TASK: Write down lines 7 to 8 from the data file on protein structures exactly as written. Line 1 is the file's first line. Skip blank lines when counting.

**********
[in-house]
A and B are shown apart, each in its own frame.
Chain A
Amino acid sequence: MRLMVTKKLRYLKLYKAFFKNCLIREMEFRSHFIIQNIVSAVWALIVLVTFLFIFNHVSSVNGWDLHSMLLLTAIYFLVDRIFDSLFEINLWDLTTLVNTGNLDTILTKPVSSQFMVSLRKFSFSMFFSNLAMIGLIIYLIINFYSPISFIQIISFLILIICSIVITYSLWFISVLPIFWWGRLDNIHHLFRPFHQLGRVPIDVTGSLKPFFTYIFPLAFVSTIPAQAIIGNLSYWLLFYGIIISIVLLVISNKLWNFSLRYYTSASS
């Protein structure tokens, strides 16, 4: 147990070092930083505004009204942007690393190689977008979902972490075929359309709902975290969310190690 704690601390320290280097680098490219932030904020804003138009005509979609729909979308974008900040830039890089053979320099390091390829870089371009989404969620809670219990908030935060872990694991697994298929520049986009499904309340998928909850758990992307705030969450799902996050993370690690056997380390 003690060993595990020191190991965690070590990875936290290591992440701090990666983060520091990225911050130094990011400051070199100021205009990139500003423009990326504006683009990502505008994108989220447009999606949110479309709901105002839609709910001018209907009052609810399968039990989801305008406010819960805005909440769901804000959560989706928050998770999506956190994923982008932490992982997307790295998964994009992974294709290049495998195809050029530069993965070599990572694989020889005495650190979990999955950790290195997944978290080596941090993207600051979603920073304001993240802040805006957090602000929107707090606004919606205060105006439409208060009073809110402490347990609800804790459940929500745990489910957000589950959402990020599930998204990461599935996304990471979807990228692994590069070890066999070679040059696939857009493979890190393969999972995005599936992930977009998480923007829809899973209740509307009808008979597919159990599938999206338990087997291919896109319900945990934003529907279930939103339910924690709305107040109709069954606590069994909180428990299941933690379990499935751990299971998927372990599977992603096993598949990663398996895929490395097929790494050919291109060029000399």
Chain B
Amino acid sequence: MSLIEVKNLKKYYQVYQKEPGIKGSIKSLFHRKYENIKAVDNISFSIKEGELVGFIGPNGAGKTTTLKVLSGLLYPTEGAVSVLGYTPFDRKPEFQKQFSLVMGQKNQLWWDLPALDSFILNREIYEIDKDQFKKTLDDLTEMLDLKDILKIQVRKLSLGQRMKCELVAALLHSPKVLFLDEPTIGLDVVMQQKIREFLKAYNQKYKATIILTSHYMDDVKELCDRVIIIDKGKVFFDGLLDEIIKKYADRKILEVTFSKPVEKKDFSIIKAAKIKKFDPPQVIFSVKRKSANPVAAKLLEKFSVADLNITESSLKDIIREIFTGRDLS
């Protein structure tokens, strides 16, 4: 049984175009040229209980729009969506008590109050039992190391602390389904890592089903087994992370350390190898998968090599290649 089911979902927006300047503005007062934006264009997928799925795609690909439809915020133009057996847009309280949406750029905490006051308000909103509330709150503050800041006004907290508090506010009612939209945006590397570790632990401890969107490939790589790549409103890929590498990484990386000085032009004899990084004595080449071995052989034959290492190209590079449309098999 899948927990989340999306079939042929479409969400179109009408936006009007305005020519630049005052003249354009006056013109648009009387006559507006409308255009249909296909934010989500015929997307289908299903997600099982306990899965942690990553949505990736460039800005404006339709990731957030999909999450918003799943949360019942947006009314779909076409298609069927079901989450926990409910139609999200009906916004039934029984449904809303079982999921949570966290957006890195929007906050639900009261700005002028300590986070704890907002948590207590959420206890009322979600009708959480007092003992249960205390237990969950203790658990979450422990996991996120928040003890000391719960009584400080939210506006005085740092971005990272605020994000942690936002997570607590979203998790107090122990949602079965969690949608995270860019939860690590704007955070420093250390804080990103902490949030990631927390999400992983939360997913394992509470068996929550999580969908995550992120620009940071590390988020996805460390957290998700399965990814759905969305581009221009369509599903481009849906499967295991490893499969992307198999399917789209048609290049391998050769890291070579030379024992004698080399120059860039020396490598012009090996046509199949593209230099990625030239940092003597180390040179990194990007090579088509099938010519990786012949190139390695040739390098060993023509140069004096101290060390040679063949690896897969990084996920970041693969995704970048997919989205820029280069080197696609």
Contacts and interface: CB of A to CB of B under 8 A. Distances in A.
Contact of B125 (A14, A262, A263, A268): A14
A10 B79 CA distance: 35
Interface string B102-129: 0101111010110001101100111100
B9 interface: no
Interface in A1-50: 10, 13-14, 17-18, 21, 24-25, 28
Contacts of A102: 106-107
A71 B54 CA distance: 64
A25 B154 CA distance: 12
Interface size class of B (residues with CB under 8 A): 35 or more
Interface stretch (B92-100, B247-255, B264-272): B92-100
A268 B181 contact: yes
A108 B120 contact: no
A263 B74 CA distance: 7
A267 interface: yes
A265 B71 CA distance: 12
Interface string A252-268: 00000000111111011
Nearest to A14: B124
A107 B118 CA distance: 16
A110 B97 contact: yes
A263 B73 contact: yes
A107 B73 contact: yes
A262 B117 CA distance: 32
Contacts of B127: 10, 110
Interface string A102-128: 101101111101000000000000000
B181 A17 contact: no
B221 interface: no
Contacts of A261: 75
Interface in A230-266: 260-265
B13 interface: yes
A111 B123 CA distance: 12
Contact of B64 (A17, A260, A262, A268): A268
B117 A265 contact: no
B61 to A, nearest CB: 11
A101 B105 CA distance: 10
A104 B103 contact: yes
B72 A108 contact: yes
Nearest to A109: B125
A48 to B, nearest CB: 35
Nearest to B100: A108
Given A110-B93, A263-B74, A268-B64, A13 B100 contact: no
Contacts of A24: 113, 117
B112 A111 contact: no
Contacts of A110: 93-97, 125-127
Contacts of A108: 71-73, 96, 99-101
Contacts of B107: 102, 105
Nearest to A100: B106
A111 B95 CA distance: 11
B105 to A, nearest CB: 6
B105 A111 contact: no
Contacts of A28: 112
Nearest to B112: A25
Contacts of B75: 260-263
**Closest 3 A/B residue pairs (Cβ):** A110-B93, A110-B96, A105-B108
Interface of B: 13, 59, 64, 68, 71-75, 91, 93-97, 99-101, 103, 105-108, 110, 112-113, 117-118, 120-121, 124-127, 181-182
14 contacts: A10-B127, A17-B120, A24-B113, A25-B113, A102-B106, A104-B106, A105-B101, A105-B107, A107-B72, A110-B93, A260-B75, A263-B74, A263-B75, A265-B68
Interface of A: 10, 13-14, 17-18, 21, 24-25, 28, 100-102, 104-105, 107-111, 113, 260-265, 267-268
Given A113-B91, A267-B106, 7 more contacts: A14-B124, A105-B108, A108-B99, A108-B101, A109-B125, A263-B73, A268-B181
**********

Amino acid sequence: MSLIEVKNLKKYYQVYQKEPGIKGSIKSLFHRKYENIKAVDNISFSIKEGELVGFIGPNGAGKTTTLKVLSGLLYPTEGAVSVLGYTPFDRKPEFQKQFSLVMGQKNQLWWDLPALDSFILNREIYEIDKDQFKKTLDDLTEMLDLKDILKIQVRKLSLGQRMKCELVAALLHSPKVLFLDEPTIGLDVVMQQKIREFLKAYNQKYKATIILTSHYMDDVKELCDRVIIIDKGKVFFDGLLDEIIKKYADRKILEVTFSKPVEKKDFSIIKAAKIKKFDPPQVIFSVKRKSANPVAAKLLEKFSVADLNITESSLKDIIREIFTGRDLS
């Protein structure tokens, strides 16, 4: 049984175009040229209980729009969506008590109050039992190391602390389904890592089903087994992370350390190898998968090599290649 089911979902927006300047503005007062934006264009997928799925795609690909439809915020133009057996847009309280949406750029905490006051308000909103509330709150503050800041006004907290508090506010009612939209945006590397570790632990401890969107490939790589790549409103890929590498990484990386000085032009004899990084004595080449071995052989034959290492190209590079449309098999 899948927990989340999306079939042929479409969400179109009408936006009007305005020519630049005052003249354009006056013109648009009387006559507006409308255009249909296909934010989500015929997307289908299903997600099982306990899965942690990553949505990736460039800005404006339709990731957030999909999450918003799943949360019942947006009314779909076409298609069927079901989450926990409910139609999200009906916004039934029984449904809303079982999921949570966290957006890195929007906050639900009261700005002028300590986070704890907002948590207590959420206890009322979600009708959480007092003992249960205390237990969950203790658990979450422990996991996120928040003890000391719960009584400080939210506006005085740092971005990272605020994000942690936002997570607590979203998790107090122990949602079965969690949608995270860019939860690590704007955070420093250390804080990103902490949030990631927390999400992983939360997913394992509470068996929550999580969908995550992120620009940071590390988020996805460390957290998700399965990814759905969305581009221009369509599903481009849906499967295991490893499969992307198999399917789209048609290049391998050769890291070579030379024992004698080399120059860039020396490598012009090996046509199949593209230099990625030239940092003597180390040179990194990007090579088509099938010519990786012949190139390695040739390098060993023509140069004096101290060390040679063949690896897969990084996920970041693969995704970048997919989205820029280069080197696609």